Monday, January 14, 2008

Public Money for Public Schools

Public School Reform

A recent article in the Arizona Daily Star informed the public of this series of town halls concerning public school reform. I have a few suggestions in the area of school reform.

Short and long term reforms in these categories will be discussed:

Physical facilities
Curricular issues

1. Physical facilities

The present facilities require busing to the school site. If the school sites were smaller and more neighborhood oriented, no busing would be required. I suggest renting buildings like charter schools presently are doing, which would make the schools within walking distance of the people.

If present regulations on the part of the state or city do not allow the use of these buildings, then these regulations should be reviewed. I believe that the public school system is choked with expensive regulation designed to provide jobs for the regulators.

Any new schools should be located where no busing is required. This includes high schools.

Each of these small schools should have distance learning, internet learning and enough equipment for each student to have access to advanced learning. Any new school should employ ‘green’ technology and retrofits should be considered.

*Research indicates that smaller schools are more successful in academia and discipline.

2. Curricular Issues

The state of Arizona has a competent course of study for the students already in place, plus a battery of tests designed to diagnose success levels in the classroom. The funding for the curriculum and testing has been adequate and all this investment should not be discarded.

This course of study developed over the years by the Arizona Department of Education should also be taught and it is the duty of the teachers to teach it. It is the duty of the administrator to make sure the curriculum is taught and that the materials necessary to teach it are available to the teachers. This includes books and other materials for all the students, which is not currently the case.

The establishment of internet learning, equipment and books for each student within the schools would ensure that the students would receive expert instruction or remediation in any subject. Small high schools could participate in the internet learning while teachers on site assist and monitor progress. No bright student would be without learning opportunity.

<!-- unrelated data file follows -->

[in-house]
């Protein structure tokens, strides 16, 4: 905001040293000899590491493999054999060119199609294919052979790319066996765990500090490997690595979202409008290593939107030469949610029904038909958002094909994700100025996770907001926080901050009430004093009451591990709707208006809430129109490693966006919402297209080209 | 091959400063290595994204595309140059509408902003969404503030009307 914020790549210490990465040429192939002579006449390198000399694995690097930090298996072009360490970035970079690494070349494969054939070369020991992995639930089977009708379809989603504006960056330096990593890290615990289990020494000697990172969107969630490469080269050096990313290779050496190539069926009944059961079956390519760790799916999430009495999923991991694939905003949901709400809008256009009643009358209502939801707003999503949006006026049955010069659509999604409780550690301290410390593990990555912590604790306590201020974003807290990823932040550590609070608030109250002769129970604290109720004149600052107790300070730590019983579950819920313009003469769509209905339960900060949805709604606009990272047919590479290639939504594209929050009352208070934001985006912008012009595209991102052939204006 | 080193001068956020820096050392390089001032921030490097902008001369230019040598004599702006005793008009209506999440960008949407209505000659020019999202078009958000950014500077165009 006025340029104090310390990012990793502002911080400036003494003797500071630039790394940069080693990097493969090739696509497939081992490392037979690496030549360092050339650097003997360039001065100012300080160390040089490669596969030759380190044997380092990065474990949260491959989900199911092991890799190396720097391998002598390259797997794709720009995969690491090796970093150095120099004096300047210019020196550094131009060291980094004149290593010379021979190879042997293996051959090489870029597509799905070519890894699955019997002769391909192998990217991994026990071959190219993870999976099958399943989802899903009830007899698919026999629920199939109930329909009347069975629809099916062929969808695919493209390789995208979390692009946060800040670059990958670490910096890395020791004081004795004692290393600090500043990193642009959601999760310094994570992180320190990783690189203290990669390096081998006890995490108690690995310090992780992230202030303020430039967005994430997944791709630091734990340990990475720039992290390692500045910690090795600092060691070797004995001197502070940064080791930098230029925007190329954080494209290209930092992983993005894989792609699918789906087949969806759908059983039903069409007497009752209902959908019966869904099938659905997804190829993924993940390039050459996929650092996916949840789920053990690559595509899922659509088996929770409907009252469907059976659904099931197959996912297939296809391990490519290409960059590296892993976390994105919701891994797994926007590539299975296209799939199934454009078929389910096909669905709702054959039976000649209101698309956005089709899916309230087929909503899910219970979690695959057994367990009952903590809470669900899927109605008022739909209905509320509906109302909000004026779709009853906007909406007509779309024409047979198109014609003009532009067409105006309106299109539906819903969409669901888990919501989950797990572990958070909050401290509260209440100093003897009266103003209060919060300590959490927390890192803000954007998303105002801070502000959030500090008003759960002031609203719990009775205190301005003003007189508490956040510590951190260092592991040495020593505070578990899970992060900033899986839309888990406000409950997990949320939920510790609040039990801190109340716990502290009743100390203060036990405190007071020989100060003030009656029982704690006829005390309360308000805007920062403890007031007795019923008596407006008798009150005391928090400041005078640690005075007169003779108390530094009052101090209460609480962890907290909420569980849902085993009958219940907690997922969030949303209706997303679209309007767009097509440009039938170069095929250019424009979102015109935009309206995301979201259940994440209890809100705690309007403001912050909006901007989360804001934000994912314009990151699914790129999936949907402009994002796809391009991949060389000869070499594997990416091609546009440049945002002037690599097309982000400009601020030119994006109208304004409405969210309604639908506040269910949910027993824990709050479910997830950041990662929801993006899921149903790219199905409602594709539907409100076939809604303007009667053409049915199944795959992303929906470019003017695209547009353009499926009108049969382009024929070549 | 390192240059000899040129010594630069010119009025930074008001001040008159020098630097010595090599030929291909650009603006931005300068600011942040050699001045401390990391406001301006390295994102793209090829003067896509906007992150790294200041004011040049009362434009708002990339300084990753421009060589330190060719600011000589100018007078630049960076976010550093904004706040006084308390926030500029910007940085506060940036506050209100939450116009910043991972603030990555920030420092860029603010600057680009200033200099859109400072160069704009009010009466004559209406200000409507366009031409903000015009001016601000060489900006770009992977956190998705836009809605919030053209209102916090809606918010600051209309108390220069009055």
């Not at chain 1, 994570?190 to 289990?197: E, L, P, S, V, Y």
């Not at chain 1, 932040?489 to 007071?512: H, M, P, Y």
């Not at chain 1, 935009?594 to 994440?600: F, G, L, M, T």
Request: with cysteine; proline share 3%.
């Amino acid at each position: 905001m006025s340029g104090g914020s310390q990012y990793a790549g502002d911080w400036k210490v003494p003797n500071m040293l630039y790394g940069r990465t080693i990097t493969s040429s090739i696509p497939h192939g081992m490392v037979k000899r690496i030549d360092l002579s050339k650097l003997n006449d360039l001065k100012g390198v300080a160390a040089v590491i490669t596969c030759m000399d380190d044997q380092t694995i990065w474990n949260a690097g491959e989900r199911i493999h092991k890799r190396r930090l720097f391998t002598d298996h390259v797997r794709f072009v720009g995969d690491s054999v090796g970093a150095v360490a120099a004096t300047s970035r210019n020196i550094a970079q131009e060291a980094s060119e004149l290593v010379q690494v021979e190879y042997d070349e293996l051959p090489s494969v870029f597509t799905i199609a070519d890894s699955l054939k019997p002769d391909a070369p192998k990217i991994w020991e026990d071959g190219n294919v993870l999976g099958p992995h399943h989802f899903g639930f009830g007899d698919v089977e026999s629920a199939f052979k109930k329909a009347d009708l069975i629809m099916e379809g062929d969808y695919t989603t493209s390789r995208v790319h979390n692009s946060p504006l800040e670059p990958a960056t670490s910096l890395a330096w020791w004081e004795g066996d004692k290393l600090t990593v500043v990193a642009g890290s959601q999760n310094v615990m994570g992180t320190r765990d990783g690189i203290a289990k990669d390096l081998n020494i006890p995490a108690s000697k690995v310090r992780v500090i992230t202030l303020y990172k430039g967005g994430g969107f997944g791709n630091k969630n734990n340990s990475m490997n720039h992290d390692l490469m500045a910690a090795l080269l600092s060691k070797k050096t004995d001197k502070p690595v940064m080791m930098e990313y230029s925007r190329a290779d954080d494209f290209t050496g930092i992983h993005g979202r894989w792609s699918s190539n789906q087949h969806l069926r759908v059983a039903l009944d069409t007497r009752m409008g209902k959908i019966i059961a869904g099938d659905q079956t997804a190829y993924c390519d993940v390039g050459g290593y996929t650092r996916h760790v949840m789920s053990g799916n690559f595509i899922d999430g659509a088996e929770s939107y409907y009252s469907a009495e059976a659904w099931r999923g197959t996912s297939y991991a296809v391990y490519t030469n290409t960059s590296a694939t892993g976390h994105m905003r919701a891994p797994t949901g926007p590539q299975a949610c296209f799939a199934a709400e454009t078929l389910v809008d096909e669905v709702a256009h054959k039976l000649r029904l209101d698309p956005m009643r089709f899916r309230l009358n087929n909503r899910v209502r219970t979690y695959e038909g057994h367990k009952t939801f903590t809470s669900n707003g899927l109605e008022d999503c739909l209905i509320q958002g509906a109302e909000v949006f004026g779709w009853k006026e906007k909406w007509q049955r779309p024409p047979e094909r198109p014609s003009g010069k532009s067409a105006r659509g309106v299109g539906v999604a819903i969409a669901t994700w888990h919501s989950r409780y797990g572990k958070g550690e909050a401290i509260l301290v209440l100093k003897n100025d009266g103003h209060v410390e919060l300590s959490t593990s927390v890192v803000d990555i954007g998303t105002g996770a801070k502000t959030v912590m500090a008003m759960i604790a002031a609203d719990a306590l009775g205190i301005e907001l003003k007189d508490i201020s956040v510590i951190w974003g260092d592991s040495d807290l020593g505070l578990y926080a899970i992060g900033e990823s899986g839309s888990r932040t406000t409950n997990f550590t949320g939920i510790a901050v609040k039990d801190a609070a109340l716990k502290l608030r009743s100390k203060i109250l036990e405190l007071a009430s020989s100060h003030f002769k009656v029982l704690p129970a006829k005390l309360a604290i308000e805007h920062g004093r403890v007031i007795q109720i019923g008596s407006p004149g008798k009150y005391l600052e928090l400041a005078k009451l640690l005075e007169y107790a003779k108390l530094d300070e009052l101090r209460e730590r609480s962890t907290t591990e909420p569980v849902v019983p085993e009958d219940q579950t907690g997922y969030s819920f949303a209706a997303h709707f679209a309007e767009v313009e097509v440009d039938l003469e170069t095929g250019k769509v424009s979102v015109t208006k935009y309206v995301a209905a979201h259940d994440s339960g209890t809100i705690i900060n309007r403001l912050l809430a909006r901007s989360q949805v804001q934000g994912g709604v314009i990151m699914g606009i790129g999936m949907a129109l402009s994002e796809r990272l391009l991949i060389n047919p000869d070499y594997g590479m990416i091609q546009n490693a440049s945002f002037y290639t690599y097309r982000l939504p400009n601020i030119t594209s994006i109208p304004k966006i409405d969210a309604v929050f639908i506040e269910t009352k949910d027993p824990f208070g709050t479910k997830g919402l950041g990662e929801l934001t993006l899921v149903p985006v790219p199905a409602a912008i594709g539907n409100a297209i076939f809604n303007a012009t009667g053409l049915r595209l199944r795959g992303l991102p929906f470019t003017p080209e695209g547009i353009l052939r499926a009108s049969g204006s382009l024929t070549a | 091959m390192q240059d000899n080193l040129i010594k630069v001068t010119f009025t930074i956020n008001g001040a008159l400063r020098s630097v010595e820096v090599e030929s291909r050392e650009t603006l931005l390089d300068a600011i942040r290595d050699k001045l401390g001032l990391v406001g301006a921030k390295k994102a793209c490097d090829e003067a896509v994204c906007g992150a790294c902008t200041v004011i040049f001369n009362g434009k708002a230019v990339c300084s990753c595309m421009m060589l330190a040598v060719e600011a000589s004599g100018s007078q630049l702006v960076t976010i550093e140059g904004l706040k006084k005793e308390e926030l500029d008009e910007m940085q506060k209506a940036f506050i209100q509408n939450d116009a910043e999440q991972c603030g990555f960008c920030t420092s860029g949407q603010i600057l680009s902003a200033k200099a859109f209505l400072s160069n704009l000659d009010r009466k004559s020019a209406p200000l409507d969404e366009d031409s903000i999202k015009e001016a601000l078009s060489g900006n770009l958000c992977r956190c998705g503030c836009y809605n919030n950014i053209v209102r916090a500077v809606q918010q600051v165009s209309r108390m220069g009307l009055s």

The small high school need not be large in order to offer various topics taught by experts. The large high school concept was originally justified in that students would have access to more teachers in more subjects, but the internet corrects that problem. I believe that the huge high school concept results in higher drop out rates.

It appears that the textbook funding formula has severe problems and that students are deprived of books when the textbook money from the state is diverted into other spending. This practice needs review.

3. Staffing

A change from large, distant schools to small, neighborhood schools need not result in laying off of staff members. It is suggested that the class sizes be reduced to no more than 25 plus an aide to assist with instruction and recordkeeping. Money now spent on busing could now be used to hire more instructional staff. I know that this is money in a different category but that can be changed. Huge sums are now spent on busing, insurance etc. that could be used in the classroom or assist in dealing with the deficits in the state budget. Class sizes are too large, which leads to less effective, less personal instruction.

The small schools would have a head teacher who is given time to do administrative duties but the larger percentage of time would be spent in the classroom. The head teachers would report to an administrator over several small schools.

4. Transportation